An escape from college reality with a breath of romanticism and passion.

Last Saturday night saw the Miller Theatre booming with lively crowds, whether that be the pre-show hassle of the crew, the last-minute refining of costumes and makeup of the night’s shiny stars, or the excitement and anticipation of the crowds that could be pleasantly felt from a mile away. It was my first time attending a performance in Barnumbia, and oh boy did the night not disappoint. From the professional look of the Miller Theatre to the execution of the ballet itself, I was blown away from the very start. By the time I got seated in front of the stage, the night had already promised to become a core memory.

One might find my approach to watching ballet performances quite peculiar: I never read the programme notes in advance. That way I really let the music, the movement and the atmosphere tell me a story of its own. After all, a good ballet production should succeed in conveying the message without the need of supplementary writing. Having read the programme notes after seeing the performance itself, I am very glad to conclude that CUBE’s Giselle got it just right  when it comes to storytelling.

The first act was booming with vivid liveliness of a small village, which was portrayed not only by the movement and emotions of the dancers, but also through amazing lightwork as well as colorful period costumes. Each piece seemed to have fit every single member of the cast just right, stressing each character’s individuality by enhancing the cast members’ own individuality. The costuming director Adara Allen (BC ’26) sure did a remarkable job in her field for this production. While the story was played out in a way that made it captivating to watch, the most impressive aspect of the performance was to me the strong sense of collaboration and community that was felt in every aspect of the ballet. Not only does it help portray a tight-knit village in a natural manner, but it also made me appreciate the product of CUBE’s collective hard work even further. It was beyond my capabilities to process that such a captivating performance was brought forth by university students in the timeframe of less than one semester. And although the ballet production was meant for people of all levels of experience to participate, each person’s contribution seamlessly integrated into the performance.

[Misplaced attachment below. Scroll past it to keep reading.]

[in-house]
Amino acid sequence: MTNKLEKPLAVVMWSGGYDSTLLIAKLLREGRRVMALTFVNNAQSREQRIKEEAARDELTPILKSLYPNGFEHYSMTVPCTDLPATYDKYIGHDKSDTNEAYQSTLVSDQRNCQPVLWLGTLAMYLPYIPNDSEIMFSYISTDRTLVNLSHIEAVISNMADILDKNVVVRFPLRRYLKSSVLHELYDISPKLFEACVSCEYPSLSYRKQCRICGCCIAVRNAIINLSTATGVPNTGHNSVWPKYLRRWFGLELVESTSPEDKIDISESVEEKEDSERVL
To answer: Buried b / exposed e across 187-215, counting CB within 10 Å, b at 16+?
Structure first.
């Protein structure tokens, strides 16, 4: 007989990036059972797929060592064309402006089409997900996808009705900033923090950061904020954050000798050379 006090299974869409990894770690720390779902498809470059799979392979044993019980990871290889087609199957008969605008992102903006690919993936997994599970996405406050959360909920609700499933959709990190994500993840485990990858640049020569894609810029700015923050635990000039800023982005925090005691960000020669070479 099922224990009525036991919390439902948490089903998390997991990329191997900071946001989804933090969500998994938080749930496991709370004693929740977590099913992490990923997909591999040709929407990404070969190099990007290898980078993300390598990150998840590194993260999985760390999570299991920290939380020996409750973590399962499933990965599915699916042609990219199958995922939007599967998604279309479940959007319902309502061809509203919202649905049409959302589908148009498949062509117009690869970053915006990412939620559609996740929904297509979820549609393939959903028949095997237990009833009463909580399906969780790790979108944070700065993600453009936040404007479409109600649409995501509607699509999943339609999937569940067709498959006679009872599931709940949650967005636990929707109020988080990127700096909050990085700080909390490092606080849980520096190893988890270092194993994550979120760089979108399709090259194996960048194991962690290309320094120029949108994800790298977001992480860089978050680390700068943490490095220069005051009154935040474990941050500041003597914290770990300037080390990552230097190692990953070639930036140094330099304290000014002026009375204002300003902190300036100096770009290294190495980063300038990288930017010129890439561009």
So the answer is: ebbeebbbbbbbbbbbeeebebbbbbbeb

The part of the night that I most appreciated, however, was the entirety of the second act. Dynamic, dramatic and utterly mesmerizing, the performance quickly grabbed my gaze and captivation and never let it go up until the end of the ballet. The movement of the dancers lightly framed by the gentle fabric of the costumes brought an ethereal sense of a night zephyr coming from a higher form of reality. The astonishing lightwork (credits to the lighting designer Fiona Bird (BC’25)!) really let the dancers shine, weaving the whole scene together with a light hand of otherworldly aura. This leads into my only point of negative criticism regarding the performance: because the lights around the stage were nowhere near being fully dimmed, it was hard to be fully immersed into the magic happening on stage. I really hope the next productions of CUBE will really let the craft of the stage lighting crew fully shine. 

While the overall excellence of the ballet was for sure birthed from collective artistry, some dance performances were especially remarkable in their technique and artistic expression. The leading roles of the ballet played by Catie McWilliams (BC’27) and Joshua Halevi (CC’26) (who somehow also managed to combine his ballet role with the role of being the assistant artistic director of the production!) stood out with their ability to convey the romanticism of Giselle’s and Albrecht’s love story through every movement, while Marlee Montgomery’s (BC’26) majestic and skillful performance as the Queen of Wilis absolutely captivated my mind with its impressive expertise as well as pierced my artistic heart with its aestheticism. Finally, the shiny star of the supporting cast Madalina Stoicov (BC’27) was there to move the audience with her careful sense of rhythm, admirable technique and emotional expression through dance.

Despite the minor flaws, the night I spent on attending CUBE’s performance of Giselle was ultimately an inspiring experience that even managed to alleviate the midterm stress by transporting the audience into a world of a different kind. I am very excited to see what the CUBE crew will come up with next semester! My boldest wish is to see a Barnumbia ballet performance in collaboration with a classical orchestra group, however I doubt that this is a realistic idea given the limited resources and timeframe available for a student club… or is it?

Giselle Performance Snapshot via Author